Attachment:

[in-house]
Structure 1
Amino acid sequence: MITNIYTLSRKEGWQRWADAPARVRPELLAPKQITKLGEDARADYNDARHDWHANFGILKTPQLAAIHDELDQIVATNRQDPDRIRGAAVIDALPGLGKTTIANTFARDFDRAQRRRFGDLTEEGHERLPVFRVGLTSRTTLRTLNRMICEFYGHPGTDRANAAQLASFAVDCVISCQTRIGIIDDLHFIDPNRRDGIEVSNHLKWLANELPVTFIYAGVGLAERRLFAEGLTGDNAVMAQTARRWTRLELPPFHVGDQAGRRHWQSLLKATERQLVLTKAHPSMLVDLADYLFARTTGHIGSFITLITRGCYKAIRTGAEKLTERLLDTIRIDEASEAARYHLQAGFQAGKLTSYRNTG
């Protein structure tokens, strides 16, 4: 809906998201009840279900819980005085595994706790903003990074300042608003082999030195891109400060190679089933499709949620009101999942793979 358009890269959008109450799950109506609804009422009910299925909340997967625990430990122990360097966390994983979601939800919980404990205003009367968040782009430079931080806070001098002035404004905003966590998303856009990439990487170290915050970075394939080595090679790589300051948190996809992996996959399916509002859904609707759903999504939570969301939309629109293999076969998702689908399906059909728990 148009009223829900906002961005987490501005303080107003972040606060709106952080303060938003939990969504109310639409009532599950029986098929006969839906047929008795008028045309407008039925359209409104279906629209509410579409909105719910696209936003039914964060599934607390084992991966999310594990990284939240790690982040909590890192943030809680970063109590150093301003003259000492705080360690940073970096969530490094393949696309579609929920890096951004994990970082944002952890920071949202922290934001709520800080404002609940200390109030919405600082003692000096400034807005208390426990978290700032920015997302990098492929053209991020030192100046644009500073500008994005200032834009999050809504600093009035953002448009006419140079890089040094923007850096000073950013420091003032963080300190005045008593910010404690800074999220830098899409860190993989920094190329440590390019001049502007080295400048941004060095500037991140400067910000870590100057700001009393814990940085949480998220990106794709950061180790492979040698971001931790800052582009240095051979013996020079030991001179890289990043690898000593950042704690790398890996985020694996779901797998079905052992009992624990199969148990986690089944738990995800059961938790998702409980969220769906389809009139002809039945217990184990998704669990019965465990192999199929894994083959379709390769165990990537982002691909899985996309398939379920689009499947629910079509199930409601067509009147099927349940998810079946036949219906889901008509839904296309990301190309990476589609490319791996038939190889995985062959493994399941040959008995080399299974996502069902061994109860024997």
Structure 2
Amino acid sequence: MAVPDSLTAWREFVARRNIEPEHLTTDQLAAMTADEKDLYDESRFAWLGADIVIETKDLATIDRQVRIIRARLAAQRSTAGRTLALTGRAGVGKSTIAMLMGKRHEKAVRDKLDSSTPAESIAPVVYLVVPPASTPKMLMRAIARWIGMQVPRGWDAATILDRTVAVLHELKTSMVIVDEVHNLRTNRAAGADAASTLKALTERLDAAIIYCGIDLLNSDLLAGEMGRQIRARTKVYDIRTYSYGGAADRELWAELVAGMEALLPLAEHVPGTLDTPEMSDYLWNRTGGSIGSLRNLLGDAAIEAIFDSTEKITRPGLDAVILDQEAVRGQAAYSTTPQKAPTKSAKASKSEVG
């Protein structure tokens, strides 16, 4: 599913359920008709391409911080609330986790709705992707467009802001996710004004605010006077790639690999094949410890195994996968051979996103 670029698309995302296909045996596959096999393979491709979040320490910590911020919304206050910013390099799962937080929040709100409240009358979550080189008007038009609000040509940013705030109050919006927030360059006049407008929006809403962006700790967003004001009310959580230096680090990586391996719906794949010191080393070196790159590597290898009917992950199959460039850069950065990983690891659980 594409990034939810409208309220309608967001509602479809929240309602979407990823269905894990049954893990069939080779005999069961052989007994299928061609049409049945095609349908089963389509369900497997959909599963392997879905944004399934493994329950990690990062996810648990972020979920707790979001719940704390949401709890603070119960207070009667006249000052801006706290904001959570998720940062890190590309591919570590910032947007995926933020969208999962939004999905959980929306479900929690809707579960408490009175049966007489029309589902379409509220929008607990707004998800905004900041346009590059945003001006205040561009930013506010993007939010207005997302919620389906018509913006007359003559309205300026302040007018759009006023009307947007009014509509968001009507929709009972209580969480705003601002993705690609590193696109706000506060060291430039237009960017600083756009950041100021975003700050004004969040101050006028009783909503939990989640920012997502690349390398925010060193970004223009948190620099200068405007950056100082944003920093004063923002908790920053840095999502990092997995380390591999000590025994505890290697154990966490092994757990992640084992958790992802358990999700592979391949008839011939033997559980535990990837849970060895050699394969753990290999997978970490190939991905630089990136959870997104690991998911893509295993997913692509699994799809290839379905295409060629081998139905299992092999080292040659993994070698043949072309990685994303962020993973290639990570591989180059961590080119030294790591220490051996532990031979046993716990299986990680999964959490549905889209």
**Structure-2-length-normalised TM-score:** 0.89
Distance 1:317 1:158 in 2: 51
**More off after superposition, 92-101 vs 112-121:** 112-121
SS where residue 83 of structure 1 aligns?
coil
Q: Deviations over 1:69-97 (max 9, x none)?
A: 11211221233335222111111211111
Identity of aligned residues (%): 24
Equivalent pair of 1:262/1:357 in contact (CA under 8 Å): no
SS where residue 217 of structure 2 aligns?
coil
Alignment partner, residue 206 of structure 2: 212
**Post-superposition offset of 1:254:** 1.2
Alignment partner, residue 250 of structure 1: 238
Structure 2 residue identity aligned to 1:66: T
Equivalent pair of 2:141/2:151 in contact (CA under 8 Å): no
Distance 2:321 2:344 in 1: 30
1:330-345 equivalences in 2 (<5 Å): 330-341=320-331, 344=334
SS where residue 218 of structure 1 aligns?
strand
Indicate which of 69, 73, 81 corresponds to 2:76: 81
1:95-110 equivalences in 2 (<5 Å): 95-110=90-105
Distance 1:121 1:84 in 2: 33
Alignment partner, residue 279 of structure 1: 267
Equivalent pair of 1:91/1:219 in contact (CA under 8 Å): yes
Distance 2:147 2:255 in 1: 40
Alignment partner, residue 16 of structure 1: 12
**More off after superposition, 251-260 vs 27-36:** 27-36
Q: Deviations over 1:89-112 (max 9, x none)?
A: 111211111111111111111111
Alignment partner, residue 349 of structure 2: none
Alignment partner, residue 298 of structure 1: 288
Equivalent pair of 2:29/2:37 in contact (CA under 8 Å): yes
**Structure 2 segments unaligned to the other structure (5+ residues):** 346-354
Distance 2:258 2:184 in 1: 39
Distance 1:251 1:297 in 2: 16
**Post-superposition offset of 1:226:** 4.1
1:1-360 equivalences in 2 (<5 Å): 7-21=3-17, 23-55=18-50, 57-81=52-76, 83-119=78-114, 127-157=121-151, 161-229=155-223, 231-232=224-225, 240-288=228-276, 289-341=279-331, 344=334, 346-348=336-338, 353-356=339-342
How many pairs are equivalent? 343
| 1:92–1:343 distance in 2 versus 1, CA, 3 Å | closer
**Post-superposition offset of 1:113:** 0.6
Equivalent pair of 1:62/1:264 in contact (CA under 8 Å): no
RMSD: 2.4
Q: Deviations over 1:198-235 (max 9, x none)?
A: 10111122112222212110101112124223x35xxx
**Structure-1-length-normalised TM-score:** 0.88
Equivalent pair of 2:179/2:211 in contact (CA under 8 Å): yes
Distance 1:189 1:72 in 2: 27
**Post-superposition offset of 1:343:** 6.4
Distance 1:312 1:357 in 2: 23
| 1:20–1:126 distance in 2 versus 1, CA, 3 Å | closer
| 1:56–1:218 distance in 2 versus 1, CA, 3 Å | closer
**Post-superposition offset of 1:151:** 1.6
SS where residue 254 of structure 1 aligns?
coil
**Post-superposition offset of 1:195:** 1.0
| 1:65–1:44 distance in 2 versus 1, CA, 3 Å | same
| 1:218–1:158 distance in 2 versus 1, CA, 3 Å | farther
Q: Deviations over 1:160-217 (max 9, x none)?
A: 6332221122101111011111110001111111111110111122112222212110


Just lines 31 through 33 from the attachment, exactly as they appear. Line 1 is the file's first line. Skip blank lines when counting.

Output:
Alignment partner, residue 279 of structure 1: 267
Equivalent pair of 1:91/1:219 in contact (CA under 8 Å): yes
Distance 2:147 2:255 in 1: 40